Shulamit Sternin

Abstracts

2 Sexual Consent: Exploring the Perceptions of Heterosexual, Gay, and Bisexual Men

Authors: Shulamit Sternin, Raymond M. McKie, Carter Winberg, Robb N. Travers, Terry P. Humphreys, Elke D. Reissing

Abstract:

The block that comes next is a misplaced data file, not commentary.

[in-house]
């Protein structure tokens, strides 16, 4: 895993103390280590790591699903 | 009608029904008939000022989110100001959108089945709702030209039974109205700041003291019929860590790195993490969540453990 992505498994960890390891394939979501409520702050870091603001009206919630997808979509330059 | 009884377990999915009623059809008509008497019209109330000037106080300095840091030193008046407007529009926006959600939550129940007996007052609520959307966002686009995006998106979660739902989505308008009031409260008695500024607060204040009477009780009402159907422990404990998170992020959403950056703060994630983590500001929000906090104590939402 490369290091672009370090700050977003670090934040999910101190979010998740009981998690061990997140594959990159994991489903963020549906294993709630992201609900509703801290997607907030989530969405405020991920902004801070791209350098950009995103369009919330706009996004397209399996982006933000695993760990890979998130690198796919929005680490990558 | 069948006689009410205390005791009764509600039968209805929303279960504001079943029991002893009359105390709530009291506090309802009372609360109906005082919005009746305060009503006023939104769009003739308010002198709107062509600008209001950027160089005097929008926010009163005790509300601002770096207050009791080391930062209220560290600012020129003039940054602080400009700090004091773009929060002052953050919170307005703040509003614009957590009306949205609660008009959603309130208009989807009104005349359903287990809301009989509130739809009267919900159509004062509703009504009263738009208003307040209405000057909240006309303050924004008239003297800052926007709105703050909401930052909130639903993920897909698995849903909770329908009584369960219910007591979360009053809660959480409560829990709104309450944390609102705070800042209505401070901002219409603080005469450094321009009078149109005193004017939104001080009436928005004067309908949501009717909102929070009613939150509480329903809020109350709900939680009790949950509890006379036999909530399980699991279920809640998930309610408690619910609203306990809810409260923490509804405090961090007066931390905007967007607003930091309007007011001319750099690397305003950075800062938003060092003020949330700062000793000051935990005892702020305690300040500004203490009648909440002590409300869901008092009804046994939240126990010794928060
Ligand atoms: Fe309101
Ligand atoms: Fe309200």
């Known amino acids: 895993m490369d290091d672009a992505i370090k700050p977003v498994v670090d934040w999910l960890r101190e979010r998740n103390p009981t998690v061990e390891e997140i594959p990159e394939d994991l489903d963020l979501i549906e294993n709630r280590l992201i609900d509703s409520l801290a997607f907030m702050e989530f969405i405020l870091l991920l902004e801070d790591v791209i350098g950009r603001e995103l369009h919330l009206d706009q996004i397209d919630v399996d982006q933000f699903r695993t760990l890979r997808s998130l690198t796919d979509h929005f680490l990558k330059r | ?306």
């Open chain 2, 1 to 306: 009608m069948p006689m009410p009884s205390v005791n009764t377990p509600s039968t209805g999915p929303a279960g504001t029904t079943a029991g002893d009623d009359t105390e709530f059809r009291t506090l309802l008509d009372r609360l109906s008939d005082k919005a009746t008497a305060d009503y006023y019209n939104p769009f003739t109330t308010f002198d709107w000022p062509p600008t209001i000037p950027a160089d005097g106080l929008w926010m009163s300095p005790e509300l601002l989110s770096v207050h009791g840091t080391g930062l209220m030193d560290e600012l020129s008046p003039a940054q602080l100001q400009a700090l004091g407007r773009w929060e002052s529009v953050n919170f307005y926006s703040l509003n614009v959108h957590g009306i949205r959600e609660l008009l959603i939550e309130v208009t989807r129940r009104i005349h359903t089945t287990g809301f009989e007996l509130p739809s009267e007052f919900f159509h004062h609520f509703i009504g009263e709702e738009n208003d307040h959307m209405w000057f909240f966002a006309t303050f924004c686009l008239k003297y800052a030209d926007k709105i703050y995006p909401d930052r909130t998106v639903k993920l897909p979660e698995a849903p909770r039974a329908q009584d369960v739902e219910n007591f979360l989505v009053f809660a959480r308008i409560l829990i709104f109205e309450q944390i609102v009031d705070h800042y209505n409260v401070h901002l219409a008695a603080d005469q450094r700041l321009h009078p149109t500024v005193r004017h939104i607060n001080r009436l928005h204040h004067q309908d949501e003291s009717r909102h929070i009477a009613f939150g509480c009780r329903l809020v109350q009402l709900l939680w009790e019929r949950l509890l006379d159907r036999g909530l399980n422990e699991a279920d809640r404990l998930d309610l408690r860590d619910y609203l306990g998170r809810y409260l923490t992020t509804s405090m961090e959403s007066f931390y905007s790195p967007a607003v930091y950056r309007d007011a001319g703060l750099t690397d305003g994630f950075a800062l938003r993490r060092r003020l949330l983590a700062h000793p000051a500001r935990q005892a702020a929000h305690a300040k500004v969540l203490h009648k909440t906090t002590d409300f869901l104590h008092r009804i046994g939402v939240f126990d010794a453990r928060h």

Issues surrounding sexual consent negotiation have become a major topic of societal concern. The majority of current research focuses on the complexities of sexual consent negotiations and the multitude of nuanced issues that surround the consent obtainment of heterosexual adults in post-secondary educational institutions. To date, the only study that has addressed sexual consent negotiation behaviour in same-sex relationships focused on the extent to which individuals used a variety of different verbal and nonverbal sexual consent behaviours to initiate or respond to sexual activity. The results were consistent with trends found within heterosexual individuals; thus, suggesting that the current understanding of sexual consent negotiation, which is grounded in heterosexual research, can serve as a strong foundation for further exploration of sexual consent negotiation within same-sex relationships populations. The current study quantitatively investigated the differences between heterosexual men and gay and bisexual men (GBM) in their understanding of sexual consent negotiation. Exploring how the perceptions of GBM differ from heterosexual males provides insight into some of the unique challenges faced by GBM. Data were collected from a sample of 252 heterosexual men and 314 GBM from Canada, the United States, and Western Europe. Participants responded to the question, 'do you think sexual consent and sex negotiation is different for heterosexual men compared to gay men? If so, how?' by completed an online survey. Responses were analysed following Braun & Clarke’s (2006) six phase thematic analysis guidelines. Inter-rater coding was validated using Cohen’s Kappa value and was calculated at (ϰ = 0.84), indicating a very strong level of agreement between raters. The final thematic structure yielded four major themes: understanding of sexual interaction, unique challenges, scripted role, and universal consent. Respondents spoke to their understanding of sexual interaction, believing GBM sexual consent negotiation to be faster and more immediate. This was linked to perceptions of emotional attachment and the idea that sexual interaction and emotional involvement were distinct and separate processes in GBM sexual consent negotiation, not believed to be the case in heterosexual interactions. Unique challenges such as different protection concerns, role declaration, and sexualization of spaces were understood to hold differing levels of consideration for heterosexual men and GBM. The perception of a clearly defined sexual script for GBM was suggested as a factor that may create ambiguity surrounding sexual consent negotiation, which in turn holds significant implications on unwanted sexual experiences for GBM. Broadening the scope of the current understanding of sexual consent negotiation by focusing on heterosexual and GBM population, the current study has revealed variations in perception of sexual consent negotiation between these two populations. These differences may be understood within the context of sexual scripting theory and masculinity gender role theory. We suggest that sexual consent negotiation is a health risk factor for GBM that has not yet been adequately understood and addressed. Awareness of the perceptions that surround the sexual consent negotiation of both GBM and heterosexual men holds implications on public knowledge, which in turn can better inform policy making, education, future research, and clinical treatment.